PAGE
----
The Queen Chess piece
All of us, chess-lovers, know the potential and effectiveness of the queen chess piece in a game. The queen is the most powerful piece on the board because it provides a lot of dynamism to the position.
The queen chess piece can move in any direction with no square limit. Basically, the queen moves just like the other pieces on the board except for the knight, we could say it is all of the chess pieces combined.
When the pawn reaches the eighth rank it can be promoted into a queen just like any other piece. Different from the other pieces (like rooks, knights, or bishops) the game starts with only one queen per side.
Tactics and combinations fly all around the position when the queens are still in-game. Queens control a great number of squares, which means it’s easy to use tactics with the queens like a fork.
The value is given to the queen chess piece normally is 9 points, but in some positions, it can reach even 15 points. Being the piece with the highest value you have to be careful before placing it in any square.
The queen chess piece is one of the most important pieces in attacking positions, actually tends to be the main attacker creating dangerous threats. Positioning the queen correctly is one of the most difficult skills of positional chess.
The history of the queen chess piece
In shatranj, the concept of the queen chess piece had not been invented yet, but there was a predecessor of it. The “firzan” was a piece with a similar movement to the modern queen as we know it.
The word “firzan” is an Arab word that means “vizier” which was a political charge given to the personal advisers of a king. Back then, this was a masculine version of the modern queen that had not been created.
We also have to say that the queen chess piece called firzan before did not have the same movement as the modern queen. The firzan could move 4 or 5 squares in straight lines and 2 in a diagonal direction.
Of course, the firzan evolved little by little until the regular use we all know today was fully implemented. After some time the term “queen” was implemented in the UK and used by English speakers.
But these days the queen is also called “dame” or “dama” in countries like Germany, France, Spain, and others. This term can be translated into English as “lady”.
The Relativity of the queen
Using the queen indiscriminately also has a cost, being a really valuable piece you have to move it very consciously. Moving the queen chess piece around so freely can lead to a fast disadvantage.
The queen is a very important piece in the game so winning tempos attacking it can be a good strategy to set up an attack. If you look at the top-level chess games you will see there are few queen moves in the opening and middle-game.
It is necessary to set up a plan or having a clear idea when moving the queen chess piece. In some positions, we can even fall into a queen trap!
The queen chess piece which has a lot of movement can also get trapped so stay focused.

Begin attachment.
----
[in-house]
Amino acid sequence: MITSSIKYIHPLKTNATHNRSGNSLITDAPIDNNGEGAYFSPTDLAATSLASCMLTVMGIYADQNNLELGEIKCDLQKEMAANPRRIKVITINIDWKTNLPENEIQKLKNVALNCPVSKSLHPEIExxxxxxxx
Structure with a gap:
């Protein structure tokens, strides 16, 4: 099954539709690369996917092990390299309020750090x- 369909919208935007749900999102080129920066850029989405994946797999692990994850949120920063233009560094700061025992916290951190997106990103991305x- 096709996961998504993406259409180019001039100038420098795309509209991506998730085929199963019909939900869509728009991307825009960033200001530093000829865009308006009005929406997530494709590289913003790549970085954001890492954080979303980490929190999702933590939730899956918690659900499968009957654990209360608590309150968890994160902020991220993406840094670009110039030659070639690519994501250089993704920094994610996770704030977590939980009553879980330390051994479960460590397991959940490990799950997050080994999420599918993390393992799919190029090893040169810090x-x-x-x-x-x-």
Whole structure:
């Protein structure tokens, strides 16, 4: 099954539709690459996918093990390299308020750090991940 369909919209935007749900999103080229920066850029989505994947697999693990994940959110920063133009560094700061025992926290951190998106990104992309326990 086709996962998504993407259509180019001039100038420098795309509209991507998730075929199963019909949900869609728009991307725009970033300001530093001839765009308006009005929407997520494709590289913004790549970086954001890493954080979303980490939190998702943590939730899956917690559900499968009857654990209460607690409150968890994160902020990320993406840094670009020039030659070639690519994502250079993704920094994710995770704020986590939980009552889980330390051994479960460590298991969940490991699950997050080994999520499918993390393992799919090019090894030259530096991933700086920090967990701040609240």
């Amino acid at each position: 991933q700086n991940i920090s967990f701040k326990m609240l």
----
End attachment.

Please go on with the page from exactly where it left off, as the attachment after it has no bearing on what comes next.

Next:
Remember that the queen is mainly for the attack if you are leading the game with the initiative you will want to keep the pressure as long as possible.
Otherwise, if you are the defender exchanging the queen chess piece can make the game equal sometimes.
Queen chess piece strategy
The strategy with the queen is mainly the same in the whole chess: Controlling squares. Having the queen attacking the key squares is important in the positional play.
Something that not many chess players know is the fine thread that links positional preparation with tactical blows or combinations. Preparing for the attack is something extremely interesting and worth studying.
Identify the weak spots in the opponent’s position and figure out a way to exploit the said advantage. This is related to every chess concept in the game, you have to know how to exploit different types of advantage.
This way you can exactly know how you should move your pieces.
The queen chess piece is (in 80% of cases) responsible for getting the advantage to one side or another. Creating specific advantages in specific places on the board is key to win a chess game.
These advantages can be positional or dynamic, your job is to get the type of advantage you want, and different types of advantages could be:
- Control in the center
- Control of a key square
- A 3 against 2 pawns majority in the queenside or kingside
- Hanging pawn
- Many others
Remember you need to know what kind of advantage you are aiming for and how to exploit it.
The queen chess piece sacrifice
In many chess games, we see a knight sacrificing to get some immediate or long-term advantage. Sometimes we can see an interesting exchange sacrifice, normally these sacrifices have to do with positional gains.
But what about the queen?
The queen is a more juicy piece than any of the others named before, sacrificing the queen has to bring a definite resolution to the game.
Normally the queen is sacrificed to get a more dynamic advantage like a combination that leads to mate forcefully in a pair of moves.
There are also queen chess sacrifices, but these must be extremely calculated and be done with great preciseness. The queen can be sacrificed in exchange for three minor pieces or a rook and a minor piece.
A good example of a great queen sacrifice we can see in the game of the century played between Robert J Fischer and Donald Byrne.
You may also like: